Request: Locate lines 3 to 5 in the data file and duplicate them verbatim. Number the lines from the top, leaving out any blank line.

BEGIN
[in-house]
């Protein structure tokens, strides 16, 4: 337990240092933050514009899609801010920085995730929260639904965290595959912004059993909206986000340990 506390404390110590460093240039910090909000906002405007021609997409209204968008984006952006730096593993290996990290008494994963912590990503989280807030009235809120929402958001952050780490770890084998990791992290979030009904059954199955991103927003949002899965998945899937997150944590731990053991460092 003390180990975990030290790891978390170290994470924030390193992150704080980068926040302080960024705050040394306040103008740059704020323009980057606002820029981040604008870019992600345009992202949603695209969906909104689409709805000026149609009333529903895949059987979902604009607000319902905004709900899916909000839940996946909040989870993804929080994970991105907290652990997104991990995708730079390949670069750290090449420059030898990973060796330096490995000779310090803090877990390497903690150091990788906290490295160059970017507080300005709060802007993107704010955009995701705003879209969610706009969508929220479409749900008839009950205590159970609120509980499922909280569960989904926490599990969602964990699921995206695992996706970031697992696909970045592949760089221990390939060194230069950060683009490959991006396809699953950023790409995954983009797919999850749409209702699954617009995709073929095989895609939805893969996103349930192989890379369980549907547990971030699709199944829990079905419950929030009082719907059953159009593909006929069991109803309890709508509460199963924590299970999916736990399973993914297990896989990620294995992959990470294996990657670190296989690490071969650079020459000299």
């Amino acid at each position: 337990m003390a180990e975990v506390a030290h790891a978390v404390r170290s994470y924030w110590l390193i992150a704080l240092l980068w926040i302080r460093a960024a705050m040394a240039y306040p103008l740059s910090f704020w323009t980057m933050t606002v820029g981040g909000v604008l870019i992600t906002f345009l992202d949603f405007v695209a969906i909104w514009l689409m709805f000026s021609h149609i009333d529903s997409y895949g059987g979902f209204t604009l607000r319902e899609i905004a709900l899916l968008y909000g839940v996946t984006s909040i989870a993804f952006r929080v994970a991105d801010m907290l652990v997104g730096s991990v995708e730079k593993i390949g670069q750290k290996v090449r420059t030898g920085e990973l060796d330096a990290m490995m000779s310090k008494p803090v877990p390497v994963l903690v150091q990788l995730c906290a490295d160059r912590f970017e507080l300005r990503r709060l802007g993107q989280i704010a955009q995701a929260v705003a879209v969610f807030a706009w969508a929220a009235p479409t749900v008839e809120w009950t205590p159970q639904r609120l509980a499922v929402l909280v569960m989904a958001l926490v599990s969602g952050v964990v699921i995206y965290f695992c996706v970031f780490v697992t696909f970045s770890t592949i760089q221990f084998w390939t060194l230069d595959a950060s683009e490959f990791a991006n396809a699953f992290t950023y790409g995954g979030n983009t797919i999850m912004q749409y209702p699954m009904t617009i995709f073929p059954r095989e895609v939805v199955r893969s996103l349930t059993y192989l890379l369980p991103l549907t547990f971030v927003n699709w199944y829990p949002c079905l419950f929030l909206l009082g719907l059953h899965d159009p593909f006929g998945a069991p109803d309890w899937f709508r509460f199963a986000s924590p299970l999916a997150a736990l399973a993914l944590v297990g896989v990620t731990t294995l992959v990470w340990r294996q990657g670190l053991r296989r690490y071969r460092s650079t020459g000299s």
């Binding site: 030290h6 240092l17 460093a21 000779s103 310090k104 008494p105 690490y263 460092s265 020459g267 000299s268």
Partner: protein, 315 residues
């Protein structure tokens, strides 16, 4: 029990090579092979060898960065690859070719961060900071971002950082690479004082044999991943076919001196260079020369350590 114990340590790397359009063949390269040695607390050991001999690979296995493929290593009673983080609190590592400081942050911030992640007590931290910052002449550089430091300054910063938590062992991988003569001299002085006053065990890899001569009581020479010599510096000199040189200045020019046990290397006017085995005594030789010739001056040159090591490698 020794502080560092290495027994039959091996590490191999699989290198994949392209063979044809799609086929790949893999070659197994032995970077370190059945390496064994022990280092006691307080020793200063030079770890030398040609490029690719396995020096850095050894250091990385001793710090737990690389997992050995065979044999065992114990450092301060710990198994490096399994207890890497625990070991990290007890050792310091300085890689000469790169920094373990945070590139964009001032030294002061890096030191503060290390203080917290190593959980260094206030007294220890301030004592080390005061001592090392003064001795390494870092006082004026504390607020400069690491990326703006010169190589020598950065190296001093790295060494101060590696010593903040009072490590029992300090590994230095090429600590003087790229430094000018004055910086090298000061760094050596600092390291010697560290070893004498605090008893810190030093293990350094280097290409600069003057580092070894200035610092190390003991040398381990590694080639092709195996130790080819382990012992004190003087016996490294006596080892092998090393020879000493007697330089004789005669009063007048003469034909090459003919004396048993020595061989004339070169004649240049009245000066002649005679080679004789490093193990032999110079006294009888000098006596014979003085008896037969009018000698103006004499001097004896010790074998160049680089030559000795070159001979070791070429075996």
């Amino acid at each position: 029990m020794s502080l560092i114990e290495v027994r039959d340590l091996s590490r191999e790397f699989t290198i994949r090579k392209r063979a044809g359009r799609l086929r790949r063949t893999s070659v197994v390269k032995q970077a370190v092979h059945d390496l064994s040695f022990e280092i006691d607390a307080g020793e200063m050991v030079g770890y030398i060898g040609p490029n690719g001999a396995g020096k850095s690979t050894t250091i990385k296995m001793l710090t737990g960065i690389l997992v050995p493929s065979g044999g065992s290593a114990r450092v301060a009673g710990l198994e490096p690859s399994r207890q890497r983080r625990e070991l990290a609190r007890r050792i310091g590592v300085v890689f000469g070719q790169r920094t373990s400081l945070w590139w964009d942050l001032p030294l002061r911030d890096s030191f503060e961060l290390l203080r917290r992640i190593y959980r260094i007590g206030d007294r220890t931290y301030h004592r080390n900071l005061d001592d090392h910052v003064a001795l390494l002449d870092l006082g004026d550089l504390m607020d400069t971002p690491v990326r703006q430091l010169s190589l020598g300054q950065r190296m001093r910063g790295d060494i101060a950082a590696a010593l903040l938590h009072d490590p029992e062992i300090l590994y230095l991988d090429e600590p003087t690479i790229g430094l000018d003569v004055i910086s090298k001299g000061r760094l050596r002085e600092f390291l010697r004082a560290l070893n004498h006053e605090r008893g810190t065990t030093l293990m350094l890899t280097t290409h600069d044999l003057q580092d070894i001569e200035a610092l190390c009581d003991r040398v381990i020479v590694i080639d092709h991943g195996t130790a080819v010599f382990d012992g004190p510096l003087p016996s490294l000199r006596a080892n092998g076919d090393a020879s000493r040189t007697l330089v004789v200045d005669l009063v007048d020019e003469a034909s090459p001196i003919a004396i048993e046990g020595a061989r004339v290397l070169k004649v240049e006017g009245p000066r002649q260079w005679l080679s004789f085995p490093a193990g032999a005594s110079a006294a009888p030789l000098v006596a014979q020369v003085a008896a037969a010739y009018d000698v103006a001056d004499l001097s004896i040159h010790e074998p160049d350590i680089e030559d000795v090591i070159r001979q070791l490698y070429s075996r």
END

């Amino acid at each position: 337990m003390a180990e975990v506390a030290h790891a978390v404390r170290s994470y924030w110590l390193i992150a704080l240092l980068w926040i302080r460093a960024a705050m040394a240039y306040p103008l740059s910090f704020w323009t980057m933050t606002v820029g981040g909000v604008l870019i992600t906002f345009l992202d949603f405007v695209a969906i909104w514009l689409m709805f000026s021609h149609i009333d529903s997409y895949g059987g979902f209204t604009l607000r319902e899609i905004a709900l899916l968008y909000g839940v996946t984006s909040i989870a993804f952006r929080v994970a991105d801010m907290l652990v997104g730096s991990v995708e730079k593993i390949g670069q750290k290996v090449r420059t030898g920085e990973l060796d330096a990290m490995m000779s310090k008494p803090v877990p390497v994963l903690v150091q990788l995730c906290a490295d160059r912590f970017e507080l300005r990503r709060l802007g993107q989280i704010a955009q995701a929260v705003a879209v969610f807030a706009w969508a929220a009235p479409t749900v008839e809120w009950t205590p159970q639904r609120l509980a499922v929402l909280v569960m989904a958001l926490v599990s969602g952050v964990v699921i995206y965290f695992c996706v970031f780490v697992t696909f970045s770890t592949i760089q221990f084998w390939t060194l230069d595959a950060s683009e490959f990791a991006n396809a699953f992290t950023y790409g995954g979030n983009t797919i999850m912004q749409y209702p699954m009904t617009i995709f073929p059954r095989e895609v939805v199955r893969s996103l349930t059993y192989l890379l369980p991103l549907t547990f971030v927003n699709w199944y829990p949002c079905l419950f929030l909206l009082g719907l059953h899965d159009p593909f006929g998945a069991p109803d309890w899937f709508r509460f199963a986000s924590p299970l999916a997150a736990l399973a993914l944590v297990g896989v990620t731990t294995l992959v990470w340990r294996q990657g670190l053991r296989r690490y071969r460092s650079t020459g000299s």
């Binding site: 030290h6 240092l17 460093a21 000779s103 310090k104 008494p105 690490y263 460092s265 020459g267 000299s268």
Partner: protein, 315 residues